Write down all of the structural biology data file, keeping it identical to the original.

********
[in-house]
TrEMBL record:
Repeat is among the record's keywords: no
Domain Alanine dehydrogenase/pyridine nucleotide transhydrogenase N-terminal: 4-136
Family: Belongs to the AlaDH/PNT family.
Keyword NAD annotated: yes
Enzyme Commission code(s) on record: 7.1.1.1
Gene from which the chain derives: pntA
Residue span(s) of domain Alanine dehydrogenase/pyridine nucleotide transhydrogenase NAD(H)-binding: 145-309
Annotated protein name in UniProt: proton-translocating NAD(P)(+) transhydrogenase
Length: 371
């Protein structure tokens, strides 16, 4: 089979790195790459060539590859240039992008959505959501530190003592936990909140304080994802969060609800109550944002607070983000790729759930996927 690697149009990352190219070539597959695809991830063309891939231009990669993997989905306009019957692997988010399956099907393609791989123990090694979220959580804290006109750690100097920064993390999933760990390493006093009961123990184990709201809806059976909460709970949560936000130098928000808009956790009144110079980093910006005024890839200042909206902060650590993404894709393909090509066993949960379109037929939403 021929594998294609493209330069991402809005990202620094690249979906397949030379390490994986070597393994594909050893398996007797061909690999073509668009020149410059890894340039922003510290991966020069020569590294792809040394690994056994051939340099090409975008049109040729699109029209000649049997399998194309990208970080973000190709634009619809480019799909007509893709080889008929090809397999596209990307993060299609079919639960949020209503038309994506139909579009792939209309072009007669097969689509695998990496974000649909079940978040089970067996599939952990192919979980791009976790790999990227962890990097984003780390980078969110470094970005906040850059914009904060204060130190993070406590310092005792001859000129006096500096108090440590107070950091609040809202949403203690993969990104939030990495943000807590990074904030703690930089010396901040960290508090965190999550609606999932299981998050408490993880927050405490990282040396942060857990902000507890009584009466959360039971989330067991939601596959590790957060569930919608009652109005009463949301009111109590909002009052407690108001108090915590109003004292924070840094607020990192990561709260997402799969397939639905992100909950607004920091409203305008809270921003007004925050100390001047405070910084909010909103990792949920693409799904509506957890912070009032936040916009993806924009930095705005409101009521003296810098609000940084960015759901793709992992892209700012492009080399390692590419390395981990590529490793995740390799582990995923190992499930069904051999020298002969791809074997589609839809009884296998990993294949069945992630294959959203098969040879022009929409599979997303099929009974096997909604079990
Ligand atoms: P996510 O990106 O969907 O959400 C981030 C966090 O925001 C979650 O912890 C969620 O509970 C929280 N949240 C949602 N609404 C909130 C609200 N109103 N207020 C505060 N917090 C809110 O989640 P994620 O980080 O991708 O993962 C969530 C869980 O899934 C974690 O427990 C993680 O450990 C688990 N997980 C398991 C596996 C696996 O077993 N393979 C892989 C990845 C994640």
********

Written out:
[in-house]
TrEMBL record:
Repeat is among the record's keywords: no
Domain Alanine dehydrogenase/pyridine nucleotide transhydrogenase N-terminal: 4-136
Family: Belongs to the AlaDH/PNT family.
Keyword NAD annotated: yes
Enzyme Commission code(s) on record: 7.1.1.1
Gene from which the chain derives: pntA
Residue span(s) of domain Alanine dehydrogenase/pyridine nucleotide transhydrogenase NAD(H)-binding: 145-309
Annotated protein name in UniProt: proton-translocating NAD(P)(+) transhydrogenase
Length: 371
């Protein structure tokens, strides 16, 4: 089979790195790459060539590859240039992008959505959501530190003592936990909140304080994802969060609800109550944002607070983000790729759930996927 690697149009990352190219070539597959695809991830063309891939231009990669993997989905306009019957692997988010399956099907393609791989123990090694979220959580804290006109750690100097920064993390999933760990390493006093009961123990184990709201809806059976909460709970949560936000130098928000808009956790009144110079980093910006005024890839200042909206902060650590993404894709393909090509066993949960379109037929939403 021929594998294609493209330069991402809005990202620094690249979906397949030379390490994986070597393994594909050893398996007797061909690999073509668009020149410059890894340039922003510290991966020069020569590294792809040394690994056994051939340099090409975008049109040729699109029209000649049997399998194309990208970080973000190709634009619809480019799909007509893709080889008929090809397999596209990307993060299609079919639960949020209503038309994506139909579009792939209309072009007669097969689509695998990496974000649909079940978040089970067996599939952990192919979980791009976790790999990227962890990097984003780390980078969110470094970005906040850059914009904060204060130190993070406590310092005792001859000129006096500096108090440590107070950091609040809202949403203690993969990104939030990495943000807590990074904030703690930089010396901040960290508090965190999550609606999932299981998050408490993880927050405490990282040396942060857990902000507890009584009466959360039971989330067991939601596959590790957060569930919608009652109005009463949301009111109590909002009052407690108001108090915590109003004292924070840094607020990192990561709260997402799969397939639905992100909950607004920091409203305008809270921003007004925050100390001047405070910084909010909103990792949920693409799904509506957890912070009032936040916009993806924009930095705005409101009521003296810098609000940084960015759901793709992992892209700012492009080399390692590419390395981990590529490793995740390799582990995923190992499930069904051999020298002969791809074997589609839809009884296998990993294949069945992630294959959203098969040879022009929409599979997303099929009974096997909604079990
Ligand atoms: P996510 O990106 O969907 O959400 C981030 C966090 O925001 C979650 O912890 C969620 O509970 C929280 N949240 C949602 N609404 C909130 C609200 N109103 N207020 C505060 N917090 C809110 O989640 P994620 O980080 O991708 O993962 C969530 C869980 O899934 C974690 O427990 C993680 O450990 C688990 N997980 C398991 C596996 C696996 O077993 N393979 C892989 C990845 C994640």